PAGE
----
Orchestre National de France/Kurt Masur, Louis Lortie (piano)

Mozart: Piano Concerto in A major, K.488; Bruckner: Symphony No 7

Leeds Town Hall, 17 November 2007 4 stars

Kurt Masur - MusicalCriticism.com concert review

The year 2007 has seen a full diary for Kurt Masur. In celebration of his eightieth birthday he has undertaken concerts with each of the orchestras of which he has been Music Director within the last thirty years: the Leipzig Gewandhaus, the New York Philharmonic, the London Philharmonic, and his current tenure, the Orchestre National de France. In 2008 he will also celebrate his sixtieth year as a professional conductor.

In the finale of a week-long tour of the United Kingdom, Masur and his orchestra were joined by soloist Louis Lortie for a programme of Mozart and Bruckner as part of the International Concert Season at Leeds Town Hall. Kurt Masur has been at the helm of the Orchestre National de France since the start of the 2002 season, and whilst the orchestra already had a fine reputation with many notable conductors preceding him, the orchestra continues to go from strength to strength under his direction.

Mozart's Piano Concerto in A major, K.488, was written when the composer was pre-occupied with producing Le nozze di Figaro during the winter of 1785-86. It was one of three piano concertos - the others are K482 and K491 - he wrote as a way of relaxing from the more taxing demands of creating the opera.

Louis Lortie, the Canadian pianist currently based in Berlin and in demand with orchestras across the globe, gave an intelligent and refined interpretation of the concerto, even if he seemed a little rushed at times by the intervention of the orchestral phrases. The opening Allegro, precise and diligent as it was, lacked clarity and seemed too light. This was only temporary as the Andante and Presto that followed showed his true gift, with beautiful phrasing and weaving between the flutes, clarinets and strings.

Although Bruckner had reached his sixtieth year by the time of the premiere of his Seventh Symphony in 1884, it probably brought him his first real public accolade; his path to recognition had been slow and laborious. A deeply religious man, he had concentrated mainly on sacred compositions until his First Symphony of 1866.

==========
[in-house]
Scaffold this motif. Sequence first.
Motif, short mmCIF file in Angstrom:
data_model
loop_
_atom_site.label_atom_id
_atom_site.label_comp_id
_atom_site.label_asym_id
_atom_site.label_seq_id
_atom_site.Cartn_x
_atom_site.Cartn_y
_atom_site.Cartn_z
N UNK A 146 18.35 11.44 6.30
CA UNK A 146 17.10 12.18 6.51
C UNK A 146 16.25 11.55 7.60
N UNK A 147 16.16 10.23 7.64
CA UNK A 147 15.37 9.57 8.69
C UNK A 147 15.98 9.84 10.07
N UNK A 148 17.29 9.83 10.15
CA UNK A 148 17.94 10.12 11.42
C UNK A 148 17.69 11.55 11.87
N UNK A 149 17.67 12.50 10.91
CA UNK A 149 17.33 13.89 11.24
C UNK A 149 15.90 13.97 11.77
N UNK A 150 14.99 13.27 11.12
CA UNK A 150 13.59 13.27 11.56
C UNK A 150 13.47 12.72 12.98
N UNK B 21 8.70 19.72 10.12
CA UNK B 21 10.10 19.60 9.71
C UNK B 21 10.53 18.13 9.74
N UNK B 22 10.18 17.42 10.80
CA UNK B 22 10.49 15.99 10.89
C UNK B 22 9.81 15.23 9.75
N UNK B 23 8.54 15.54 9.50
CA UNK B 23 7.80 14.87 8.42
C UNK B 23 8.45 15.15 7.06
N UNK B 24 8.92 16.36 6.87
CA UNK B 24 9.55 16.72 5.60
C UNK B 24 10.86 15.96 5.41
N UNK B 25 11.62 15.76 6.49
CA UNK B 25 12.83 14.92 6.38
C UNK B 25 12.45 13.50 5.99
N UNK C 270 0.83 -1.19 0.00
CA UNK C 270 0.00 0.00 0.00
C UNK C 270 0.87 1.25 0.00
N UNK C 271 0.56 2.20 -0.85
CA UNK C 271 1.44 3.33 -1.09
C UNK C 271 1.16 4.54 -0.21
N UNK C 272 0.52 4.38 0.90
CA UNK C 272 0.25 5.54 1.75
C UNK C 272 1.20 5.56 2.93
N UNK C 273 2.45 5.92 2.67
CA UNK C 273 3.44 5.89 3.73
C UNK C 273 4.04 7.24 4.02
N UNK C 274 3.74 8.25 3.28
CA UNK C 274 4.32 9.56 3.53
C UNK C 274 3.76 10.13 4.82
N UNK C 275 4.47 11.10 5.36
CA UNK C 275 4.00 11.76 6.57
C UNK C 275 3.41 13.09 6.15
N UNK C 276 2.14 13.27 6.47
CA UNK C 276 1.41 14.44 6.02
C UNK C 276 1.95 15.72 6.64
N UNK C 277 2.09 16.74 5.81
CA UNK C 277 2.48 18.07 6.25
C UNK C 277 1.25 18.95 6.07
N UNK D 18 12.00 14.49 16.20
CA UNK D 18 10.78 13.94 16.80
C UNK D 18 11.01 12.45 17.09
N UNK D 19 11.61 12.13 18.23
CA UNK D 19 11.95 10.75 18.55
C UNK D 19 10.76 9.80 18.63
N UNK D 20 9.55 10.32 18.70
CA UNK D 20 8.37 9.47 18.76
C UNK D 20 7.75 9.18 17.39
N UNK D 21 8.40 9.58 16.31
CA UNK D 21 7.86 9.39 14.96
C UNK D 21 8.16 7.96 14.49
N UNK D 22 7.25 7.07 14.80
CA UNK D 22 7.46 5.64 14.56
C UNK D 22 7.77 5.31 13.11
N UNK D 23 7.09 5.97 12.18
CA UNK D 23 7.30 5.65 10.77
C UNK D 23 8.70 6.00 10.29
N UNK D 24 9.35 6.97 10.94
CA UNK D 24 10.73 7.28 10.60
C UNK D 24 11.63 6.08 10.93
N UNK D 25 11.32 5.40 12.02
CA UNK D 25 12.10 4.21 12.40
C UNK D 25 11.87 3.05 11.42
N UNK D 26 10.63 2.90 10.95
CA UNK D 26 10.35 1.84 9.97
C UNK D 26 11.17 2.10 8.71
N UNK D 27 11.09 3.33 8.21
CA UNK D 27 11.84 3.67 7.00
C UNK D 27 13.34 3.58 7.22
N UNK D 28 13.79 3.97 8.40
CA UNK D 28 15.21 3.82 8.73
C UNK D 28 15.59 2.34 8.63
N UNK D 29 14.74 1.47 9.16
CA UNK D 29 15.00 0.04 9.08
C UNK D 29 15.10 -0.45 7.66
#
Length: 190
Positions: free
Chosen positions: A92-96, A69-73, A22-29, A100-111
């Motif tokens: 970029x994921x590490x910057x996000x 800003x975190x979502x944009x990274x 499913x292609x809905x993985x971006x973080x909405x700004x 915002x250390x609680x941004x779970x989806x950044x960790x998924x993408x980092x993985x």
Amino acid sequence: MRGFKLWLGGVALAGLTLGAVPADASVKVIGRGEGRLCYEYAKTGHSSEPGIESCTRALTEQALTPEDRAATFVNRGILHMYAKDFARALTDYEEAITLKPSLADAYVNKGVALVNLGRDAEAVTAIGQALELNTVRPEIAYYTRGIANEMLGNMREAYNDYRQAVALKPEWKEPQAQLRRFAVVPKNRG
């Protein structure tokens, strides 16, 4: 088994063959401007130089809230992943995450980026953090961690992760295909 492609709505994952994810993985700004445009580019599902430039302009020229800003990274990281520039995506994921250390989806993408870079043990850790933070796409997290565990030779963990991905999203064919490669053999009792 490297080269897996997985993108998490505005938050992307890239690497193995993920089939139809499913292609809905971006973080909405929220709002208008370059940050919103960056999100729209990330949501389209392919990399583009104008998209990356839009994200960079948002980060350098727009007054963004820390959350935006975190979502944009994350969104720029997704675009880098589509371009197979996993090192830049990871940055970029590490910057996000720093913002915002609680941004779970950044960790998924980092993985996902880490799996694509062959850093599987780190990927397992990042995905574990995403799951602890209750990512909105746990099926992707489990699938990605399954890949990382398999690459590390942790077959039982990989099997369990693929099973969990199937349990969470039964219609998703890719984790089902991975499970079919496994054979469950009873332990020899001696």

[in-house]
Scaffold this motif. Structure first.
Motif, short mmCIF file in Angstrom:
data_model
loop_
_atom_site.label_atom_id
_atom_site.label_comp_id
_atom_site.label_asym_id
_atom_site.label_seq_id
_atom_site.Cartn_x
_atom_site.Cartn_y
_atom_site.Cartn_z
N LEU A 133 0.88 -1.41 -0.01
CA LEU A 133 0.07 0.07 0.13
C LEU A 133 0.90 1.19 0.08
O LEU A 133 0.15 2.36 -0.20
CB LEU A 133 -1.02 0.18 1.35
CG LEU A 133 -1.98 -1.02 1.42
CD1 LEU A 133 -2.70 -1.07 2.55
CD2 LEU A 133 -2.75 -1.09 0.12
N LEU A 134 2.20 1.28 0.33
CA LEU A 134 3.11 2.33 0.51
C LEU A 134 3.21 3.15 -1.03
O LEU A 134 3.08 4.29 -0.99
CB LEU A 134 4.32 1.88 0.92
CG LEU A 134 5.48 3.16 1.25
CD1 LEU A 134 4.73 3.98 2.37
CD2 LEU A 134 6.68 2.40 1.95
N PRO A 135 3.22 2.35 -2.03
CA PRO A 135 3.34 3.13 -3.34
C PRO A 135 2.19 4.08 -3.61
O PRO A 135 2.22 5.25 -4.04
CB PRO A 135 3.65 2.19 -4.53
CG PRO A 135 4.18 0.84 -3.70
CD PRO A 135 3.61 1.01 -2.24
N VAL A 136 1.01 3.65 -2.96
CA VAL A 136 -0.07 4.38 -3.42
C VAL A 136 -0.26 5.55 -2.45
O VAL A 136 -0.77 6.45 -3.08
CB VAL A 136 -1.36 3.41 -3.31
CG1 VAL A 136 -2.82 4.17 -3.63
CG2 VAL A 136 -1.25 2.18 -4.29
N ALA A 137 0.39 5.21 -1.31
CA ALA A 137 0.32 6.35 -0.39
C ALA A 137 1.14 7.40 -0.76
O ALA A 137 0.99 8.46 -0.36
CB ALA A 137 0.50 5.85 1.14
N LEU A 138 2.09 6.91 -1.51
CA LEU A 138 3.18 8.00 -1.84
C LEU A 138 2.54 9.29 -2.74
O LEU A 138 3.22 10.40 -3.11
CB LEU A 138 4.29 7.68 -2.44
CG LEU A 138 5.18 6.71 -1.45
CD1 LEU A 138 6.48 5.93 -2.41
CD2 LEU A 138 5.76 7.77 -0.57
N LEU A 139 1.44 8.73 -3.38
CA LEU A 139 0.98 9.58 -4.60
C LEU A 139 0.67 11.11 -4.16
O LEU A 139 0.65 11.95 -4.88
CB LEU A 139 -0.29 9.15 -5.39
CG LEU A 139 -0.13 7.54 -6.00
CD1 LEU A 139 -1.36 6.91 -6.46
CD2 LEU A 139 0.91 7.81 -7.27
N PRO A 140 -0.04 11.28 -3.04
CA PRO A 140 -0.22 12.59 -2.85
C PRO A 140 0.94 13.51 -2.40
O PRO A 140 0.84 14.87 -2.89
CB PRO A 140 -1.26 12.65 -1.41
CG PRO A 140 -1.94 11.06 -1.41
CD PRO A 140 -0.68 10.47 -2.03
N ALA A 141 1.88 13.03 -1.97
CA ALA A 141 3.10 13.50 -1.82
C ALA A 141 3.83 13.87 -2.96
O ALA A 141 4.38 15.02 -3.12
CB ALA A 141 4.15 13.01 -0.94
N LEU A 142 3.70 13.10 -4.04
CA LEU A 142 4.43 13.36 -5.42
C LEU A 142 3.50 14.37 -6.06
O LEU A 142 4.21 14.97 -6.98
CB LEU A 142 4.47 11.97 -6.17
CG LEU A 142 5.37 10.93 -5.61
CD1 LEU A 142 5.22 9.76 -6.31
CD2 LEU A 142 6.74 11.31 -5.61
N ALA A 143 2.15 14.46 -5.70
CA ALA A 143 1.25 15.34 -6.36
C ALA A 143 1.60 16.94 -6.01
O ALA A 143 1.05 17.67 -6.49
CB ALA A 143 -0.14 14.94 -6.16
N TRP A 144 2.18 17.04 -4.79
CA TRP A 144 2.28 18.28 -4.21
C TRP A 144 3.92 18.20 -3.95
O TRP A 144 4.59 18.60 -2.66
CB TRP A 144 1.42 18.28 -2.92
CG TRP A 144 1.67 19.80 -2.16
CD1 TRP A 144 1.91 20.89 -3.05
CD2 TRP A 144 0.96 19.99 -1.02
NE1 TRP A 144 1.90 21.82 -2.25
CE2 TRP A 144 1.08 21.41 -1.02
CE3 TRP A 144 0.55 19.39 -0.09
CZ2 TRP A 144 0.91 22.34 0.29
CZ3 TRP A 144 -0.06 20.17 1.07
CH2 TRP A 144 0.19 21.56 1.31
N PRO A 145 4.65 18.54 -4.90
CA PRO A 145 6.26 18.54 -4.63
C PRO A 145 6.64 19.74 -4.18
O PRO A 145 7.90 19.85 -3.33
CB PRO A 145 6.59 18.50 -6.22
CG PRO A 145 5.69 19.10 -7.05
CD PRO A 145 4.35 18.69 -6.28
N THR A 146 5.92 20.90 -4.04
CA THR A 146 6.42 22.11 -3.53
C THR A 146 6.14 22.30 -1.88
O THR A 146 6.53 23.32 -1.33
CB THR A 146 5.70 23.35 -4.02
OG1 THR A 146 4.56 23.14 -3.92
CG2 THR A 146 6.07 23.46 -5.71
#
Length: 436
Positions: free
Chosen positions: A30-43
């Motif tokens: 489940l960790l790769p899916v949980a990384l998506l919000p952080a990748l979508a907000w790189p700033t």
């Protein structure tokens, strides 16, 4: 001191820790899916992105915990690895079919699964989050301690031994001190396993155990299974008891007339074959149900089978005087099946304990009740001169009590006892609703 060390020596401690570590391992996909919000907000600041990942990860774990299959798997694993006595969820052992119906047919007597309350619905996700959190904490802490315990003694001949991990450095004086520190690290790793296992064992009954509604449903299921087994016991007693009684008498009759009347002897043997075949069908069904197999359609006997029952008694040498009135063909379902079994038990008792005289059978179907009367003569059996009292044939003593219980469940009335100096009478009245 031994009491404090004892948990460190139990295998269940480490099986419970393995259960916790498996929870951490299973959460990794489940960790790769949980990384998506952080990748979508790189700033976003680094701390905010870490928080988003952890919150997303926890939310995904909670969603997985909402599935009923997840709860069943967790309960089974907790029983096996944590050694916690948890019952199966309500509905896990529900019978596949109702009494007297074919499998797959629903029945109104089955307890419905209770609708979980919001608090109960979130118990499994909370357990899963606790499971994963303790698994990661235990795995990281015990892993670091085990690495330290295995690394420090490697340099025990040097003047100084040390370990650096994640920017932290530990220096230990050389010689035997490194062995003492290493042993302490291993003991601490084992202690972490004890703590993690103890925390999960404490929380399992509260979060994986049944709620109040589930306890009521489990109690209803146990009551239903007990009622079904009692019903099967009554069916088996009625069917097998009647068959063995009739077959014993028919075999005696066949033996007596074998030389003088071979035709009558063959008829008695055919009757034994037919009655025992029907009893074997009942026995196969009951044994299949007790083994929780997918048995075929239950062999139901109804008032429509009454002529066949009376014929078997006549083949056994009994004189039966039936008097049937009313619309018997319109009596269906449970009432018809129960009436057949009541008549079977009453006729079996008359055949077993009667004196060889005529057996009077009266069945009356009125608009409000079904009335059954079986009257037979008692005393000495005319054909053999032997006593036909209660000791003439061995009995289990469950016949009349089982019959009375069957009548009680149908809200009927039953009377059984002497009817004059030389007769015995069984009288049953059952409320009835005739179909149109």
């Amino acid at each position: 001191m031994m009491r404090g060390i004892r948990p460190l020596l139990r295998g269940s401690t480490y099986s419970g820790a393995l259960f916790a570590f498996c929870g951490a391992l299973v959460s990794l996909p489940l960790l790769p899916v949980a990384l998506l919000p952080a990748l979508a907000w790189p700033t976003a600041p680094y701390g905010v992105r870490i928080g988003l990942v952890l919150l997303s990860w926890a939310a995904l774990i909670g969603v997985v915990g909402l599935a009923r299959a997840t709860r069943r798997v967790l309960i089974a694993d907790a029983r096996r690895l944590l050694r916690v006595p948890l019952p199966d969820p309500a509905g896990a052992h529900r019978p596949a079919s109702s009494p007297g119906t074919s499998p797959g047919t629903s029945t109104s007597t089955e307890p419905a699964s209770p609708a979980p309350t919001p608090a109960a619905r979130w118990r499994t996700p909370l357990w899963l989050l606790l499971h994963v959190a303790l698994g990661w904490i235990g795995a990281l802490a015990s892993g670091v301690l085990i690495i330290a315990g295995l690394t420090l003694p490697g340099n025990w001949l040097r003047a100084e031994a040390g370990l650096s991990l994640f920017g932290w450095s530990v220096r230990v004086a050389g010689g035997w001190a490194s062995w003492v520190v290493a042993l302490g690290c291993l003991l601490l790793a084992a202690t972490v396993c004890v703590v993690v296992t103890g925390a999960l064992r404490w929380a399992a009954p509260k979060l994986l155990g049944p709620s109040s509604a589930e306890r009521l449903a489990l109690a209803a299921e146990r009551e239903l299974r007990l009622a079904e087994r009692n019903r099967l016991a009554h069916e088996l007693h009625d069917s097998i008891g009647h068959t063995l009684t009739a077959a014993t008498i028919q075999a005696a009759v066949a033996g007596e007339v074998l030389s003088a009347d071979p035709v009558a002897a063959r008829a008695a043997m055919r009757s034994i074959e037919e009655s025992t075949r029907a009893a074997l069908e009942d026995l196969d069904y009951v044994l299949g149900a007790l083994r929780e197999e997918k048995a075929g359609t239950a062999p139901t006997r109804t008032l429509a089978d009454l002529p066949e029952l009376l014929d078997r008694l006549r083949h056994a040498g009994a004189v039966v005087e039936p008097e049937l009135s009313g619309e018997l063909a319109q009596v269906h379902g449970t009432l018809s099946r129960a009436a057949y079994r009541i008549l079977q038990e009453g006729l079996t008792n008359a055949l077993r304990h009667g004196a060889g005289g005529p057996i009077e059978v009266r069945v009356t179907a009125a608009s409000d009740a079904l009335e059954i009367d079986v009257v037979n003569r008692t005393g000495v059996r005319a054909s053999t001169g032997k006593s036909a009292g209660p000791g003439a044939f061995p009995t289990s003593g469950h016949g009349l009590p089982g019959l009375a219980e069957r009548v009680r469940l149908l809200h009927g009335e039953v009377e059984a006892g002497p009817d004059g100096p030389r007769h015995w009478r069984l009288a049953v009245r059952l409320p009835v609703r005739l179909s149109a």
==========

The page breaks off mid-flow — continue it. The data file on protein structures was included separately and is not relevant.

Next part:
As a disciple of Richard Wagner, it is no surprise that Bruckner's music has many Wagnerian characteristics, and the Seventh Symphony also uses Wagner tubas in the opening theme of the second movement, Adagio.

Masur's interpretation of the opening of the Allegro, with its warm and accelerated strings, brought an eerie atmosphere until the profound entrance of the brass section. The quiet, sombre Adagio is the heart of the symphony and Masur ensured it lived up to its structural significance. Opening with a theme in the Wagner tubas which is then passed onto the strings and changes to a more light-hearted mood, it reaches a fanfare which was thrillingly played by the ONF; its diminishment to a haunting conclusion was also expertly calculated. The rustic and rhythmic dance of the Scherzo must have reminded Bruckner of the homeland of his childhood, and Masur brought out its peasant undertones. The finale brings this epic symphony to its conclusion with the re-introduction of the theme from the first movement. Anyone in the audience must have felt as I did, that we had been taken on a rare and special journey.

A maestro of the old school, Kurt Masur brought as authoritative an interpretation to this warhorse symphony as would be expected from a musician of his stature. Watching him direct the orchestra with no score or baton and with only the use of his hands and facial expression to convey his instructions to the orchestra was to witness a master at work. All this came from a man in his eighties, who may not be as energetic as in his heyday - hardly surprisingly - but can still command the authority and respect of his orchestra and deservedly almost sell out the concert hall.

By Paul Dalton

Read recent concert reviews, including a recital by Dmitri Hvorostovsky and Wagner Rarities at the Royal Opera House, here.